Miami Natives of Design Build Collective Create the III Points Festival Entrance
From left to right: Design Build Collective's Stephen Shaw, Robby Ramos, and Howard Benites
Photo by Travis Cohen
It's 9 o'clock and I'm in a rutty lot full of raw materials and odd edifices on the south border of Wynwood. It's begun to rain, but I'm sitting comfortably on a dry church pew inside a gutted school bus, waiting to talk to the guys who have made this lot their home away from home while they build a half-crazed entrance/installation that will be displayed at Soho Studios for the III Points Festival.
There's a 747 cockpit somewhere around here. I've been told that my life will be forfeited if I divulge anything more than its existence, but it seems worth noting it's here if nothing else. Robby Ramos, Stephen Shaw, and Howard Benites -- who compose the local Design Build Collective -- have been taking a lot of inspiration and a lot of materials from the weird, random assortment of goods to be found around Miami's scrap yards, and it gives something of a Mad Max feel to the space, especially in the dark rain.
See also: III Points 2014's Activation Schedule
"It's definitely supposed to have sort of a dystopian feel," explains Ramos, who's largely been at the helm of fleshing out the conceptual side of the installation. "The feeling we're trying to get across is sort of a satirical view of our generation's insane obsession with technology and the acceptance of almost any and all negative byproducts of that obsession.
"People are completely fine with having their digital images rendered and monitored by whatever overseers are watching, and they're perfectly comfortable taking their cues of what's good for them -- where you should eat and who you should fuck and where you should eat and where you should fuck -- and we wanted to sort of raise a ridiculous mirror to that and make this caricature sort of a hideaway from all the goddamn madness at the same time."
More often than not, when we see a new mural along the main drags of Wynwood, it was painted by someone from New York or L.A. Though there's nothing wrong with a wide array of represented artists in this blossoming art scene, there is something to be said for giving talented locals at least a few of the chances that are usually offered to people from more established cities.
What excites me is the fact that I've grown up around these guys; I went to high school with these guys. They were born and bred and braised under the Miami sun. That III Points is giving this commission to a group of Miamians who are producing something that will be thoroughly Miamian in itself says a great deal about the festival's homegrown hopes.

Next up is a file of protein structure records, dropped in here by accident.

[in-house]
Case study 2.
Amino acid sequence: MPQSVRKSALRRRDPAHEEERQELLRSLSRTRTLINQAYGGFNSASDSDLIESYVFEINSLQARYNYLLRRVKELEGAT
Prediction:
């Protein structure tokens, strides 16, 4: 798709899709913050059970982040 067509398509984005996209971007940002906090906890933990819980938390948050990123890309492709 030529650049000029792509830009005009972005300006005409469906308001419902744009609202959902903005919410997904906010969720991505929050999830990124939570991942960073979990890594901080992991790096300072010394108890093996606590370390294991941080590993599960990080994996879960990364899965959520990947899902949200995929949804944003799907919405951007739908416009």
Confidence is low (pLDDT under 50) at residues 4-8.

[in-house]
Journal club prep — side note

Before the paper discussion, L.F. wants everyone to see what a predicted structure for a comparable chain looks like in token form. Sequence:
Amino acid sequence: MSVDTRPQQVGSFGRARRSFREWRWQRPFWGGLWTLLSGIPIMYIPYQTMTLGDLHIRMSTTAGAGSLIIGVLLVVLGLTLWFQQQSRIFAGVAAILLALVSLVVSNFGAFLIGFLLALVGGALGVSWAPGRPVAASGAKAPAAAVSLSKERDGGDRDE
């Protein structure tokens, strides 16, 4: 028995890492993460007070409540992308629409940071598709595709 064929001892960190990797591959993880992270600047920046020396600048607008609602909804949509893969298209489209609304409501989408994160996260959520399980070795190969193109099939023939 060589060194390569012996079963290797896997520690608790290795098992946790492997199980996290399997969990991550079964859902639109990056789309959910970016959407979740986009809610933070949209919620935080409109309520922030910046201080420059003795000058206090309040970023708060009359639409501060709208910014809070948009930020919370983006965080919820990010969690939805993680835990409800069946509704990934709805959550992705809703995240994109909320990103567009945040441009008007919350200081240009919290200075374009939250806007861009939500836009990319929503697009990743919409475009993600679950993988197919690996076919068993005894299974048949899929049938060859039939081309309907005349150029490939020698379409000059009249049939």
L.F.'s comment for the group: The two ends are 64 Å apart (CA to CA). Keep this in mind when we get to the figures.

Stephen and Robby are cousins, born from the same batch of upper-class Cubans who moved to Miami during the earlier days of the exodus. Stevie, a recent University of Miami graduate with a degree in architecture and additional aspirations in design and sculpture, is practical and sensible, something that is scantly found among people in our circles.
Robby, however, is 12 flavors of creative and a hell of a lot smarter than he looks -- or behaves, for that matter. He's a painter, a filmmaker, a writer, a musician, a Caribbean holy man, an shamanic exhibitionist, and a rampant cynic who can often be found yelling like the Visigoth of Biscayne Bay, threatening to throw all the idiots over. We go spelunking in the dark and dirty of Miami on a regular basis and share a fascination with the miserable creatures found in the depths of this city.
Howard, a man known by many names, from "Hojo" to "Hubert," is part of the underrepresented Peruvian population of Miami. To the best of my knowledge, he does not eat cuy, and when he starts giggling, women begin hurriedly taking their clothes off, a trick I have yet to learn. In addition to a long-standing job with American Apparel, as its head of maintenance for the Florida district, Howard has been working on art installs for the past five years. In certain small countries, he is regularly welcomed with cries of jubilation by the townsfolk who will howl late into the night for his pleasure.
On a slightly more serious note, one common thread among the three is that they're everyday Miami boys given a chance to do something interesting and noteworthy in their own city. Too many characters like Robby, Stephen, and Howard get overlooked as a minority that most people presume is either nonexistent or not long for this city.
"We've been working our asses off to make this come together, and we've had a lot of help from friends who we've grown up with," Stephen says. "People who have day jobs and plenty of other things on their plates have been coming to the lot and volunteering their time and their sweat to make this happen. We've felt some pressure here and there as the festival gets closer, but we're aiming to build an atmosphere that's really functional and really cool that people are going to dig a lot."
As far as the pressure goes, Howard, who out of this rag-tag medley of men has the most experience working on sizable art installations, contends it's all part of the process.
"Every build, you're going to feel that tension, and it's going to stay in your head until the last nut is tightened at the site. I'm feeling really positive about it right now. I think we all are," Howard says. "And as far as the folks at III Points go, we've had almost 100 percent artistic freedom to do what we want with this, so it's kind of been a dream build."
At the end of the night, I leave them behind the black gates of their workspace as they kill the generator and dim the last bits of light before heading home for a short bout of rest. Tomorrow they'll converge on the site again and continue hammering away at their vision, their oasis of madness away from the madness.
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